In a precedent-setting ruling, the Colorado Court of Appeals determined that Basalt town councilors violated the Colorado Open Meetings Law by convening four executive sessions to discuss legal and personnel matters without telling the public specifically what they would be talking about.
The Colorado Court of Appeals heard arguments via web conference in a case that focuses on what city councils and other government boards must tell the public prior to convening a closed-door meeting.
A case before the Colorado Court of Appeals focuses on what city councils and other government boards must tell the public before they meet in private.
There was no need to wait for final adjournment to see that the 2019 Colorado legislative session was a productive one for freedom of information and First Amendment-related issues. Gov. Jared Polis cinched that on April 12, when he signed into law a groundbreaking transparency bill that ensures the public disclosure of records on police internal affairs investigations.
The Otis Telegraph calls itself “The friendly voice of Washington County” because it likes to promote the community, says co-publisher Jerry Patterson. “But every once in a while you have to step up and do things that papers are supposed to do. You have to ask the tough questions.”
How much specificity is required under the law when a government body votes to go into executive session? In two recent court decisions, judges in Jefferson and Eagle counties offered starkly different viewpoints.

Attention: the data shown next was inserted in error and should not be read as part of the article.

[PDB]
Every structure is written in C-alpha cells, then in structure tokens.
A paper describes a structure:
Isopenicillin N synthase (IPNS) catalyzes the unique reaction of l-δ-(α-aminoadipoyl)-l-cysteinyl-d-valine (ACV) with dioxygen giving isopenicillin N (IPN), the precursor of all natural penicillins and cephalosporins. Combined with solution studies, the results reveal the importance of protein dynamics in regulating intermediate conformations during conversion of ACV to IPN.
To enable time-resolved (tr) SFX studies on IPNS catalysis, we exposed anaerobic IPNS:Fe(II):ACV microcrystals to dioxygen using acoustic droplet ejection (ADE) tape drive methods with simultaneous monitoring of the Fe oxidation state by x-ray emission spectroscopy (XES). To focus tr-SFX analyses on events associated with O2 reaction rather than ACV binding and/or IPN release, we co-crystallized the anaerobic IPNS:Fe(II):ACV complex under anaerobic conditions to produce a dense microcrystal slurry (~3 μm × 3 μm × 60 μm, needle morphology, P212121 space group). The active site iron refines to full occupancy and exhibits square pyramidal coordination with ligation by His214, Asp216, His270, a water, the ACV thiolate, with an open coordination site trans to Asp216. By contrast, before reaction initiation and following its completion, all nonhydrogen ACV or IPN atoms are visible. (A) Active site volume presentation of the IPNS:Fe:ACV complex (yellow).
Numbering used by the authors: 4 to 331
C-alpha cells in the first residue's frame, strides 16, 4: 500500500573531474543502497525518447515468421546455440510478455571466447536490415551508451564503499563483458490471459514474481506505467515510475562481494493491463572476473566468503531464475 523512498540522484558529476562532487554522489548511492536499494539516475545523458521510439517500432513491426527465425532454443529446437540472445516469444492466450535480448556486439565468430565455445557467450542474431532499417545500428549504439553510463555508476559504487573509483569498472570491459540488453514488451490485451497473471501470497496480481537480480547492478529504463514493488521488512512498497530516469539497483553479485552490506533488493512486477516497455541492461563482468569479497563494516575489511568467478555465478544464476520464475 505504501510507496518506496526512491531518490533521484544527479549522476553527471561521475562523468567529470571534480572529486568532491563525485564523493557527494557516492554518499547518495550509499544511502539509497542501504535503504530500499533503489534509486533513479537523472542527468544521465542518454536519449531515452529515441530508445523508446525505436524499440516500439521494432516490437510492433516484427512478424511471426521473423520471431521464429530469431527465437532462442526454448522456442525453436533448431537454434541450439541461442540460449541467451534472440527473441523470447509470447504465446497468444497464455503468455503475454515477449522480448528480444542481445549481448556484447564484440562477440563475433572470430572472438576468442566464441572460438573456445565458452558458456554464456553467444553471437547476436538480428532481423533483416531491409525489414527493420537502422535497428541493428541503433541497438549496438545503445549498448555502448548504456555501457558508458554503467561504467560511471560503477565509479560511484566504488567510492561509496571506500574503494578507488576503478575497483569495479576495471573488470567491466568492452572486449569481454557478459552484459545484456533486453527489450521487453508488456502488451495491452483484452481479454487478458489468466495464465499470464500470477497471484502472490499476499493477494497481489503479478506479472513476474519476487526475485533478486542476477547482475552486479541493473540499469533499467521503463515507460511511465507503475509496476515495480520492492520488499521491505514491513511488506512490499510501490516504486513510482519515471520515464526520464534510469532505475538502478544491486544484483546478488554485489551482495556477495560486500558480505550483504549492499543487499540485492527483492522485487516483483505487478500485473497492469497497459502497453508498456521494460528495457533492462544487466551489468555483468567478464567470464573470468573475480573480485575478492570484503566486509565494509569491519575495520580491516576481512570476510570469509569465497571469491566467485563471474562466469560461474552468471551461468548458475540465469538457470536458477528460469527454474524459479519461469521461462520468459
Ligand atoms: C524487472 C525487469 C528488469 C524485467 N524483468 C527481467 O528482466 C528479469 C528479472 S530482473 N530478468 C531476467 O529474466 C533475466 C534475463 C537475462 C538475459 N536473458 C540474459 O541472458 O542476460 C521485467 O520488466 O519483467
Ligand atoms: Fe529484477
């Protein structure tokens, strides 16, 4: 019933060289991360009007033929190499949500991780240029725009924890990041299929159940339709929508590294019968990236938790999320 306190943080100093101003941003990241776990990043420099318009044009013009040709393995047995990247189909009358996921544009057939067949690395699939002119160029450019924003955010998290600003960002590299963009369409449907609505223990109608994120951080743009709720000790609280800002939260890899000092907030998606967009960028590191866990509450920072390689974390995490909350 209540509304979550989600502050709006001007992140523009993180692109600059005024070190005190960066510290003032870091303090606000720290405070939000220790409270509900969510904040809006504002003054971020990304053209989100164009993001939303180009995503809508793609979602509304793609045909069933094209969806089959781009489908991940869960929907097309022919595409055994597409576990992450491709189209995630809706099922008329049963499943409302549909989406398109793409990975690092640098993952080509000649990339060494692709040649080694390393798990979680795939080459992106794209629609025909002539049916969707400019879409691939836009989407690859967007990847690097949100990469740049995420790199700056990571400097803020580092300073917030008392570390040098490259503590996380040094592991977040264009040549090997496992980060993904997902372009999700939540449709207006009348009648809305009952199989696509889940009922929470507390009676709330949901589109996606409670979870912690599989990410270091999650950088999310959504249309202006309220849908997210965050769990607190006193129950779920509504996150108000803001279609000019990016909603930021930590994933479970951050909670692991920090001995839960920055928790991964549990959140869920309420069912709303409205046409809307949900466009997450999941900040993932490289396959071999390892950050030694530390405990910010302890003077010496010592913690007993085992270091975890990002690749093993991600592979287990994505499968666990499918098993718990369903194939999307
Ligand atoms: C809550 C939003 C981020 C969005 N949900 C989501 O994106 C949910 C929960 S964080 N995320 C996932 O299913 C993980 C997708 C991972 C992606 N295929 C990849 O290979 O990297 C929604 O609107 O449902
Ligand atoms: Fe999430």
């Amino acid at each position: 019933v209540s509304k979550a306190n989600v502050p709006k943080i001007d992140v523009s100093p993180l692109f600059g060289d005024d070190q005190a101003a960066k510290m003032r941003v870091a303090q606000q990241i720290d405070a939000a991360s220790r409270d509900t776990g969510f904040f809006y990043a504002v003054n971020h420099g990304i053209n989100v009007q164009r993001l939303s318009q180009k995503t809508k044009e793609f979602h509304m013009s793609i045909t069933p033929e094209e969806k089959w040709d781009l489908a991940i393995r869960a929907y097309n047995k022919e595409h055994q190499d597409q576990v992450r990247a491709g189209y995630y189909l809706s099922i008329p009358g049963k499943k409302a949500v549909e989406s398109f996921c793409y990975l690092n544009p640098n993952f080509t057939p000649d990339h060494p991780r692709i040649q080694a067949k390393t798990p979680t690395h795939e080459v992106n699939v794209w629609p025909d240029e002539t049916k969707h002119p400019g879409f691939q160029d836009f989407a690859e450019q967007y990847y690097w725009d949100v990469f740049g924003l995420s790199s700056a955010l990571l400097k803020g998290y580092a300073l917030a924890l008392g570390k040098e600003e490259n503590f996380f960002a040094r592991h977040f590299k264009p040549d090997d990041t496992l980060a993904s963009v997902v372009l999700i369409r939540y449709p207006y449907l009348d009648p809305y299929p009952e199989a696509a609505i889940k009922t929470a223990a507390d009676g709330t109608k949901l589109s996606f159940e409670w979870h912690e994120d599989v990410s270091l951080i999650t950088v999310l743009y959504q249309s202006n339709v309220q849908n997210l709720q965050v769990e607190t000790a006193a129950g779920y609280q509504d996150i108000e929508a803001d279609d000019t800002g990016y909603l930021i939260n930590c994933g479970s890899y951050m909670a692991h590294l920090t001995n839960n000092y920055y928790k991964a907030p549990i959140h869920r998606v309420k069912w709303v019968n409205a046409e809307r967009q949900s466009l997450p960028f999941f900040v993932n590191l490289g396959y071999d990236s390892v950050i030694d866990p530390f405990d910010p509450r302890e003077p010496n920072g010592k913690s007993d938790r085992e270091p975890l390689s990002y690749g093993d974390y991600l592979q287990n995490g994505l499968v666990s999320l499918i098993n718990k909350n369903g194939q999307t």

A Jefferson County charter school board violated Colorado’s Open Meetings Law by failing to sufficiently announce the topics of two closed-door meetings in 2015, a district court judge has ruled.
A Jefferson County charter school violated Colorado’s Sunshine Law and retaliated against a family when the parents asked questions about their daughters’ education, a lawsuit claims.
For the CFOIC, revisiting 2014 reveals a somewhat troubling string of stories about issues and problems affecting government transparency in Colorado. Consider them one by one and you might not be all that concerned. But put them in a list and you could reasonably conclude that open government in the Centennial State is still a work in progress.
Plenty of evidence suggests that CSU’s student government is subject to the Sunshine Law and, therefore, a reporter for the student newspaper should not have been barred from a hearing to impeach a student senator.